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June 23, 2009

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Isn't that kind of the point of rich people in Dickens' work, though? Speaking as someone who has only read "A Tale of Two Cities" and "Little Dorrit' (and about 40 pages of "Our Mutual Friend"), the wealthy characters in his novels have gotten that way through unknown means and, therefore, the people who idolize them are even more ridiculous. I mean, Mr. Merdle wouldn't be half as intimidating if we knew exactly how he became so rich and powerful. What frightens us about Merdle is that he's rich and powerful because he did this one thing a long time ago that no one remembers (or seems to care about) and that led to him knowing a guy who knew a guy who is the cousin twice removed of this really influential guy in Parliament, or some other such nonsense. The fact that these people (like Merdle or the Barnacles or just about any French aristocrat in A.T.o.T.C) have so much money and influence and no one knows how they got it or where it came from is supposed to prove Dickens' point that people are so oblivious to what is going on and the actions of those in power, like his theories on "Nobody", where he says people refuse to take responsibility for the problems in their own country/government/society and call said problems "Nobody's Fault".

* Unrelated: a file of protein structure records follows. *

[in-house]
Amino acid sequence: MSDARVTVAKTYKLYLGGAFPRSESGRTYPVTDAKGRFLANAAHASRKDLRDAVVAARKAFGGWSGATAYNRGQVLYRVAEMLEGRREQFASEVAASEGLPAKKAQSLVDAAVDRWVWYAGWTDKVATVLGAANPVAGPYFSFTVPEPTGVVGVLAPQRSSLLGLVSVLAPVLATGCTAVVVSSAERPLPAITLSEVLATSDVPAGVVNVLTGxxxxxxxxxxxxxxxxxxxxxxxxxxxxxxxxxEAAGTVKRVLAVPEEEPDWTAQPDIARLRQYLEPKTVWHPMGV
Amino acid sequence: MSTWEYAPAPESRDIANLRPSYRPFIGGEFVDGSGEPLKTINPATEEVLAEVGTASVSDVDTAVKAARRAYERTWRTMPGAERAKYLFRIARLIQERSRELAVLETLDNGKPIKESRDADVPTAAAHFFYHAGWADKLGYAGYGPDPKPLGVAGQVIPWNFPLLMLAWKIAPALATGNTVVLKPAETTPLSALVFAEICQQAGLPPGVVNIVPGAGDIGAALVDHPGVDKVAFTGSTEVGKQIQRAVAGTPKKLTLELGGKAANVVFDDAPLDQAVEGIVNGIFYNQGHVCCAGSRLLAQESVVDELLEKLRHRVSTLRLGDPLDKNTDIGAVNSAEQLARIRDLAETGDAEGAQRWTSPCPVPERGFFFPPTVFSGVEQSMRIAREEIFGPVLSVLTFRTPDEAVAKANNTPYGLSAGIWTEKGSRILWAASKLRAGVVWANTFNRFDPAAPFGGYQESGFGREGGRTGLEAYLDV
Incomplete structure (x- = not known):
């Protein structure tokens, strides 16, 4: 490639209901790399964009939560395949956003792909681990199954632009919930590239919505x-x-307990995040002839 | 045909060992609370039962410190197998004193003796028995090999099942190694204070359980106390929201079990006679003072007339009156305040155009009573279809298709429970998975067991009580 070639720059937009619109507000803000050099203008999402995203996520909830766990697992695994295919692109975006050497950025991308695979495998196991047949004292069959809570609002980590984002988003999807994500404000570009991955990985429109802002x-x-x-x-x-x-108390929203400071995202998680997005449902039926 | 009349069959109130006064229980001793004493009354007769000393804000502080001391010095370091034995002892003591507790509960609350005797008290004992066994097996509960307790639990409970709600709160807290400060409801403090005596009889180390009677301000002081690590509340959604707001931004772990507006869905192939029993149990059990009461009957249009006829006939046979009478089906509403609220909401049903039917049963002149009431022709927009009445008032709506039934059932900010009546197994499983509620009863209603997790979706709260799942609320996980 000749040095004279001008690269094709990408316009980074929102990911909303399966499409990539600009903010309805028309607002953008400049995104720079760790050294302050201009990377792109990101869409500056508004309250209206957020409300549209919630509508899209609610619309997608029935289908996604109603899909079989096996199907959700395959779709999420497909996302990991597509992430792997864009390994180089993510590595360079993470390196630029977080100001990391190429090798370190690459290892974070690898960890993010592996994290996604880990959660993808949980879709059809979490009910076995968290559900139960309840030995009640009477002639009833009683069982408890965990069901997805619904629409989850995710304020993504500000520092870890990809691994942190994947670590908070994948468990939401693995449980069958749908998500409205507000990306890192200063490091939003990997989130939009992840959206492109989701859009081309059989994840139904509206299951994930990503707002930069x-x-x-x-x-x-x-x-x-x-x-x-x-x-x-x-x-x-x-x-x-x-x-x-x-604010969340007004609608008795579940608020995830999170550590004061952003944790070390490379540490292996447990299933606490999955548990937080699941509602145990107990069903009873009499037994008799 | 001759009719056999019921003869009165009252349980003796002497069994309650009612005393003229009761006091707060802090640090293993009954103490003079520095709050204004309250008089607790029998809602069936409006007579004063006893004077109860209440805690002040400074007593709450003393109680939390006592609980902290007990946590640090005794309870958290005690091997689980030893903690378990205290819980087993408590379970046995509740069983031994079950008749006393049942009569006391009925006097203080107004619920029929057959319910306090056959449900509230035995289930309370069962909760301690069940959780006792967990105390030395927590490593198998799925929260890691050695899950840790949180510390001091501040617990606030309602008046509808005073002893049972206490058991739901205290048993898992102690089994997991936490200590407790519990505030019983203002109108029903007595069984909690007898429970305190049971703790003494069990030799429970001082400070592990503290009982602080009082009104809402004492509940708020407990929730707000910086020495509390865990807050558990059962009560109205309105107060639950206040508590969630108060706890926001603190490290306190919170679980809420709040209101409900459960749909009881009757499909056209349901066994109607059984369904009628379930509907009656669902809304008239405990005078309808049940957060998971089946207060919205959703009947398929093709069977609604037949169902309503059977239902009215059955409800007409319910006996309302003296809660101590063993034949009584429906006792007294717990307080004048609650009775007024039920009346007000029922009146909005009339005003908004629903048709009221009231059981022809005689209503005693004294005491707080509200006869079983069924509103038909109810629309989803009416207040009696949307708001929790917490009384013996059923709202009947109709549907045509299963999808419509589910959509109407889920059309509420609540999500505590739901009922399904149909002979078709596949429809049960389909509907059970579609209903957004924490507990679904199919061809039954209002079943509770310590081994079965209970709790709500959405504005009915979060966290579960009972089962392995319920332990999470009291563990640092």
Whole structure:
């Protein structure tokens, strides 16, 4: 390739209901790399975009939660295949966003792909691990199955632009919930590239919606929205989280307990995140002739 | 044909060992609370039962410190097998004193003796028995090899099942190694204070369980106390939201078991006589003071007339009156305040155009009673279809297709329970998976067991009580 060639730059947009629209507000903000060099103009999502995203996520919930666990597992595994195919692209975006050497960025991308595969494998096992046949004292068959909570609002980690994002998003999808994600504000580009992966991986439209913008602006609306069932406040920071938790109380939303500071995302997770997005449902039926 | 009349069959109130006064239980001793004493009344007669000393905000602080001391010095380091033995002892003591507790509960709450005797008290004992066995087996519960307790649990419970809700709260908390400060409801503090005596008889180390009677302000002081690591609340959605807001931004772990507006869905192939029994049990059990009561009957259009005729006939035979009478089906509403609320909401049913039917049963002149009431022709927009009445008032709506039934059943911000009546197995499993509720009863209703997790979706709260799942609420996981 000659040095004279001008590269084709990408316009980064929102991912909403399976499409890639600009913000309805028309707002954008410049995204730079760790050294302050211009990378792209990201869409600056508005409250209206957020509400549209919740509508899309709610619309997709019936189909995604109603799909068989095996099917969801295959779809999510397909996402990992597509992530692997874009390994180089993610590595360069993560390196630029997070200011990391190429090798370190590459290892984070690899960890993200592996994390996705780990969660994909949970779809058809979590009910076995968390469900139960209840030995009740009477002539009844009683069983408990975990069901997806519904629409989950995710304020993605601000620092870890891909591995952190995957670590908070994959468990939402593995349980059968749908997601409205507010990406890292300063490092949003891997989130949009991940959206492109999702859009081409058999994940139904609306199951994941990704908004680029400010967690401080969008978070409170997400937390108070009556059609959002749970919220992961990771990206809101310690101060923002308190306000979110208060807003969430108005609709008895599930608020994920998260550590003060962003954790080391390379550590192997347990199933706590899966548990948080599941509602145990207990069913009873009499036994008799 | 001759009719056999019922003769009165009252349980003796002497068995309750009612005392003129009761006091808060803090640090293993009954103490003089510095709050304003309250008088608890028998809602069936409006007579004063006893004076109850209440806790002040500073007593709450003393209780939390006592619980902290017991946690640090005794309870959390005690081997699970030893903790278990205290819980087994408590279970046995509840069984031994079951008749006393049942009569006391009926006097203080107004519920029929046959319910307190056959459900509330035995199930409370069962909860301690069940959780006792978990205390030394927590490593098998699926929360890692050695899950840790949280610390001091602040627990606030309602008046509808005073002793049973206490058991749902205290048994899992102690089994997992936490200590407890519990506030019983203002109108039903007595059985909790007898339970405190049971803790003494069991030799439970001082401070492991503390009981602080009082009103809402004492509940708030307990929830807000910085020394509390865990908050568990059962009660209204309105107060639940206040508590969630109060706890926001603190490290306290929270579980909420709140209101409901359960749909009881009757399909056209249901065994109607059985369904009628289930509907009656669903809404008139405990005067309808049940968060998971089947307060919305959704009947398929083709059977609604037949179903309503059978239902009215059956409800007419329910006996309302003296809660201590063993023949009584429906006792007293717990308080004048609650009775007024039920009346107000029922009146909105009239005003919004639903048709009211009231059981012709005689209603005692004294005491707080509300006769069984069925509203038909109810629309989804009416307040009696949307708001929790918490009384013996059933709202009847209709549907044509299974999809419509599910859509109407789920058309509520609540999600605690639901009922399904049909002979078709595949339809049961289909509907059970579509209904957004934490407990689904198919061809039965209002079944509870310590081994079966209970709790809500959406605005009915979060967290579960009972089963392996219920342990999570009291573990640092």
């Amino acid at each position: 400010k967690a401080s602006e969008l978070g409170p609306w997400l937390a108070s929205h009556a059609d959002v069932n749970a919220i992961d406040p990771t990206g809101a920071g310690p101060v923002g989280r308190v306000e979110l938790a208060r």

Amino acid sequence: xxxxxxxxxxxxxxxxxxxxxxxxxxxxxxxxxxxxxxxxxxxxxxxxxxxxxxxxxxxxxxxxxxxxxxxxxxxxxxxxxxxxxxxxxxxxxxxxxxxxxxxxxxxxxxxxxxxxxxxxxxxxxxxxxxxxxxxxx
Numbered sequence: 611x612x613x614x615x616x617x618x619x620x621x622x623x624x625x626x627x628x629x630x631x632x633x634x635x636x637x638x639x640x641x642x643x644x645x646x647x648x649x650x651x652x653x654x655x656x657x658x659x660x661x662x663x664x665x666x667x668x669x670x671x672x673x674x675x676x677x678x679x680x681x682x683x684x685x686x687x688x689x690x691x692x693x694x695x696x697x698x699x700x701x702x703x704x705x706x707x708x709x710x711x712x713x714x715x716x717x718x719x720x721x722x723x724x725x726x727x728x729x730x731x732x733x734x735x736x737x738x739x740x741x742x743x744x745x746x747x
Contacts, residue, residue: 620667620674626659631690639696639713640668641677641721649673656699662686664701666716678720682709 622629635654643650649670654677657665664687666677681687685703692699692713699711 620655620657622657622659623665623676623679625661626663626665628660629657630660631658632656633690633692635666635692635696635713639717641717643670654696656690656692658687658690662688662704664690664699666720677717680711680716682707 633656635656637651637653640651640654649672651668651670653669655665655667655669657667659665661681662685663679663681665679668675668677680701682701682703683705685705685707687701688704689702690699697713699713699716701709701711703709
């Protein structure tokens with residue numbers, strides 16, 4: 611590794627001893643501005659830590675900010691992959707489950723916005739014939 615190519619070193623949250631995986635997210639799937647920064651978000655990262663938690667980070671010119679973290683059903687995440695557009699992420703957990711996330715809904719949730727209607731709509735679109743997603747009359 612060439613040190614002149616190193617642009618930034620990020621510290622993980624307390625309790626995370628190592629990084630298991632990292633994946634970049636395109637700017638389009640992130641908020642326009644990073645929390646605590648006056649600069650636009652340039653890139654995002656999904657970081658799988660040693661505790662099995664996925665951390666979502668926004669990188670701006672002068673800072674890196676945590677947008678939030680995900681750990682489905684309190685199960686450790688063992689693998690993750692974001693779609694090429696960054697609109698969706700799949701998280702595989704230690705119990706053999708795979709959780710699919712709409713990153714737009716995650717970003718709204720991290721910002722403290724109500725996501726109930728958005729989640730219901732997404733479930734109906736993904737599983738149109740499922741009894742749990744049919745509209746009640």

Then again, I haven't read the article; I was just going off your post. And sorry for the rant =)

No apologies necessary -- you've made some excellent points!

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  • A blog for all things Dickens -- quotes, reflections, adaptations, references and tributes from other authors, and more.

Happy 200th, Mr. Dickens!

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